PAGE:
It’s emotionally difficult for both men and women when they begin to lose their hair. Although most people who have a full head of hair naturally assume that only women are upset about it, the truth is that men can also go through periods of intense low self-esteem because they don’t feel that they are aging well and as attractive as before.

While there are a number of reasons for hair loss, the most common one is genetic hair loss. The scientific name for this is androgenetic alopecia, but the commonly used name is Male Pattern Baldness.

Hair loss is caused by DHT (Dihydrotestosterone), which is a testosterone byproduct. Hair follicles shrink once DHT attaches to these follicles. Initially, this causes hair to thin, but eventually it results in baldness. Fortunately, there are now scientific-based solutions to reverse hair loss and grow hair back.

Frequently Asked Questions about Hair Loss

Here are some questions people often have about their hair loss:

1. How do I know if I’m losing my hair?

It may seem like the answer would be obvious, but it’s actually a good question because most men aren’t aware of hair loss until it’s fairly advanced. They may go into denial because they miss what is obvious to others or they dismiss small signs of hair loss because the process is a slow one.

Here are some symptoms of hair loss:

·  There are no bald spots, but hair is less thick and luxurious. It also gets increasingly thinner in time.
·  People start to tell you about it.
·  You have hair on your pillow, in the shower, and when you comb your hair. While some hair loss happens all the time, hair loss is more than before.
·  Small bald spots appear to get larger over time.

2. How can I have male pattern baldness when neither my father nor my grandfather ever went bald?

When people experience Male Pattern Baldness, they assume it’s from their father’s side of the family. But this type of hair loss can come from either the mother or father’s side of the family. So even if your father or grandfather always had a thick, full head of hair, you could get it from your mother’s side of the family.

3. How do I know if the hair loss is due to genetic reasons or something else?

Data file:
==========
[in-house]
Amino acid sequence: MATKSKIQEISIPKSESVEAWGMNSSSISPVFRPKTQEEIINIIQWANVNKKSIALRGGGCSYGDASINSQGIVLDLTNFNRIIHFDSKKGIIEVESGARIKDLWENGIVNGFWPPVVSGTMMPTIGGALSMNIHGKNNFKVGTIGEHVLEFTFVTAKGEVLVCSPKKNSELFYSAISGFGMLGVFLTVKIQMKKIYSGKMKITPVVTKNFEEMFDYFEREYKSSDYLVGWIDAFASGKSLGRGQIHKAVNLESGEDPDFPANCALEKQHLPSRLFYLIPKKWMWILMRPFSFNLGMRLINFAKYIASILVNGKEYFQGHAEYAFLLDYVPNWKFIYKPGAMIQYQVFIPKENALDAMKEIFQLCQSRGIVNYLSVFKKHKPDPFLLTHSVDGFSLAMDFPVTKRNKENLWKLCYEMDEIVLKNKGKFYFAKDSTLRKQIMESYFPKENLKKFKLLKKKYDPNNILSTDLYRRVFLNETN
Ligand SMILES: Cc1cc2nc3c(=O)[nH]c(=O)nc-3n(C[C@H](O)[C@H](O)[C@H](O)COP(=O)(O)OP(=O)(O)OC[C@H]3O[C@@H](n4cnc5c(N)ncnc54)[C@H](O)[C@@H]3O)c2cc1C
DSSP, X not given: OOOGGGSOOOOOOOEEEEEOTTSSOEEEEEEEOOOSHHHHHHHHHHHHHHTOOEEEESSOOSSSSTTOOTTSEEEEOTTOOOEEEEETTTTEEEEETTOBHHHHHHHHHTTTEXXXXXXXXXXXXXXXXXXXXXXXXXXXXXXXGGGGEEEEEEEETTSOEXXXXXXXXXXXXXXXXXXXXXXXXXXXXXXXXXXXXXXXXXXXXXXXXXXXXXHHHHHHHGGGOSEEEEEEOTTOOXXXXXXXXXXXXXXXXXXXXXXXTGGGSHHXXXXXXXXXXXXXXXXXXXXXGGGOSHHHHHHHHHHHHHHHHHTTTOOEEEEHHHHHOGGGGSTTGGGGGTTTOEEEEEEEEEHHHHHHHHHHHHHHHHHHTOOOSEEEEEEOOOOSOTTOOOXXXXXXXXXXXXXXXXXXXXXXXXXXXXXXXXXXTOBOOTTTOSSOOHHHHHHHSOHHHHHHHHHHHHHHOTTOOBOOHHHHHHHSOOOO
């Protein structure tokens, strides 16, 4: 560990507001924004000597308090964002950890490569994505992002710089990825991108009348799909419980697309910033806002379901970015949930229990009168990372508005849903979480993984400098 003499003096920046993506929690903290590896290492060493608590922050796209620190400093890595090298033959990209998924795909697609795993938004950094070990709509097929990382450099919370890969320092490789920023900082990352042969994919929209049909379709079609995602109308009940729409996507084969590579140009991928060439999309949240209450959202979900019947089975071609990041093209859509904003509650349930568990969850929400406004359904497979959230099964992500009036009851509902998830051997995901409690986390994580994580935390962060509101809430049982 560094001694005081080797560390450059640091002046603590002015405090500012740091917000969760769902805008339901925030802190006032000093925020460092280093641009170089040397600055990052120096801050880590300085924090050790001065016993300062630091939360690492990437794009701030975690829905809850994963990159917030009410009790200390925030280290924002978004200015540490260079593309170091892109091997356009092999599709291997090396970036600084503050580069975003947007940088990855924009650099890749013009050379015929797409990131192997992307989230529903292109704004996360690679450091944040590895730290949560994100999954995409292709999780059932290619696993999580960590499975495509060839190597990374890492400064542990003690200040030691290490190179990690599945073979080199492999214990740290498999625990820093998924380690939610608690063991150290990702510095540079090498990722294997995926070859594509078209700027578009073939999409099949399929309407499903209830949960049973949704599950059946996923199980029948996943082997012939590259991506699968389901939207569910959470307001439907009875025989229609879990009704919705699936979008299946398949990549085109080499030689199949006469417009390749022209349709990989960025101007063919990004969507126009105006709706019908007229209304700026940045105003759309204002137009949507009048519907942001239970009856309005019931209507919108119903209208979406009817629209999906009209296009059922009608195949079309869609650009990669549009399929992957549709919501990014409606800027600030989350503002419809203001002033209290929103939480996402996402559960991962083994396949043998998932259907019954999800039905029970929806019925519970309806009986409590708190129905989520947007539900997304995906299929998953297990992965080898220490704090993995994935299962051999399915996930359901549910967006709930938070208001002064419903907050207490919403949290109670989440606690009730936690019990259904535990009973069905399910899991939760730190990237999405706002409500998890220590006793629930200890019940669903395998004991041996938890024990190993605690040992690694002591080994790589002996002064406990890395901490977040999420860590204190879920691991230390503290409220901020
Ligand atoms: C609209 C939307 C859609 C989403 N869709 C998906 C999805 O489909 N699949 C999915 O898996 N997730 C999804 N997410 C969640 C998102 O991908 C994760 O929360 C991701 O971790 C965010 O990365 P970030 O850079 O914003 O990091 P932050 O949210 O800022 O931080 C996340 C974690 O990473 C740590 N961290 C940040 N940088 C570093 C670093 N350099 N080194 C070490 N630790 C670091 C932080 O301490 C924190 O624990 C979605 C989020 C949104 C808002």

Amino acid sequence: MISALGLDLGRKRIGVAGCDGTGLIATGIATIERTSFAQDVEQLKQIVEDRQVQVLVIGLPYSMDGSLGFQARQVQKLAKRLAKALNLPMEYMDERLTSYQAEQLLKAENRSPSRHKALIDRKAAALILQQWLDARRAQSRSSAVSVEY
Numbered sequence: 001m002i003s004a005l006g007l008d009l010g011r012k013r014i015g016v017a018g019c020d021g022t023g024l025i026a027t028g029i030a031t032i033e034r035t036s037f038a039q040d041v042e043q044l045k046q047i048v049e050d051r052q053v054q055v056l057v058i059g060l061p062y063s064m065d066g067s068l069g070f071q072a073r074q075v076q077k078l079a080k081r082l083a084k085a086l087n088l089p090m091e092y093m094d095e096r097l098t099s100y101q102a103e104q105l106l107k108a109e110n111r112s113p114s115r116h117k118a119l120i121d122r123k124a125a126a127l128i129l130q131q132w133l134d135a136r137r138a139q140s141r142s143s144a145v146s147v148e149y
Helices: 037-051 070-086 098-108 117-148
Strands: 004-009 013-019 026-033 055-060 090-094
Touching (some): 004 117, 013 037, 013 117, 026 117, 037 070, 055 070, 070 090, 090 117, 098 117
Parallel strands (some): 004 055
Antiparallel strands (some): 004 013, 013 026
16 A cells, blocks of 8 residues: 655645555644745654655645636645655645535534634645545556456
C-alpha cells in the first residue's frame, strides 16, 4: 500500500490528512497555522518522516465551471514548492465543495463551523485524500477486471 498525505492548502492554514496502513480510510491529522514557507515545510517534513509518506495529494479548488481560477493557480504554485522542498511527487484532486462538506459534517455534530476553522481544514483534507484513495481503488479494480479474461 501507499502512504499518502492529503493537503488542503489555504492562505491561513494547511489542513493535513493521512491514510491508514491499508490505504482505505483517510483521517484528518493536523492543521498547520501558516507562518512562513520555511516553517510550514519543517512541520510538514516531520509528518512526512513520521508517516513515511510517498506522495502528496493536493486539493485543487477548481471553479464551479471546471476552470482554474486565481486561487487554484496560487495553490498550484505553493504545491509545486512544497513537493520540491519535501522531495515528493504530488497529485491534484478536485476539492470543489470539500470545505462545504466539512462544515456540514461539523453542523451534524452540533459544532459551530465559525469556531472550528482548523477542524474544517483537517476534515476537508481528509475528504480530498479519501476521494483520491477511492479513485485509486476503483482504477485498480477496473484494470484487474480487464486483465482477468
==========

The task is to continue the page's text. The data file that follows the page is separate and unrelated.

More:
Male Pattern Baldness has distinctive features. The hair loss on the top could be vertex thinning, a receding hairline, or a thinning crown. The way to identify if your hair loss is due to male pattern baldness is to check the Norwood Scale to see if your hair loss fits into any of the patterns shown. If it doesn’t, then your hair loss could be due to other reasons.

4. What should I do about my hair loss?

Since hair loss causes much psychological distress like a sudden drop in self-esteem, self-consciousness, depression, or anxiety, it’s important to seek help for the emotional elements of hair loss rather than go into denial or become overwhelmed by it. While a simple remedy for men has been to shave off their head, trim the sides to make their hair loss look less dramatic, or buy a wig, there are also scientific ways of treating hair loss. So the best way to deal with hair loss is not to go into denial, but to work on both psychological healing and investigating possible solutions.  

5. What is involved in hair surgery?

Here is what the Mayo Clinic says about surgery:

“During this procedure, your surgeon removes tiny plugs of skin, each containing a few hairs, from the back or sides of your scalp. He or she then implants the plugs into the bald sections of your scalp. You may be asked to take a hair loss medication before and after surgery to improve results. Surgical procedures to treat baldness are expensive and can be painful. Possible risks include infection and scarring.”

Different Types of Hair Loss

The most common type of hair loss is Male Pattern Baldness (androgenetic alopecia), but there are other types, too:

·  Female Pattern Hair Loss (androgenetic alopecia) also involves vertex thinning, a receding hairline, or a thinning crown. Often this is harder to notice because when men start to lose their hair, they trim hair all over their head while women grow out the hair on the sides to create enough hair length to brush it over their thinning areas.
·  Alopecia Areata. Here there are sudden bald patches and this can lead to total hair loss on their scalp and their body. The hair loss is in patches, and it’s often circular in shape. It can also appear anywhere on the head, not just the top as in androgenetic alopecia.
·  Alopecia Totalis is a result of an autoimmune condition. In this instance, the immune system attacks the hair follicles. Hair is lost from the scalp, the eyebrows, the eyelashes, and any body hair. Nails also become thin and brittle and have ridges.
·  Alopecia Universalis appears similar in effect to alopecia totalis, with total hair loss throughout their scalp and body and ridged nails, but it is due to a genetic mutation that was dormant since birth and did not become active until later in life.

Hair loss is difficult, but it isn’t always permanent. Investigate ways of getting your hair back.

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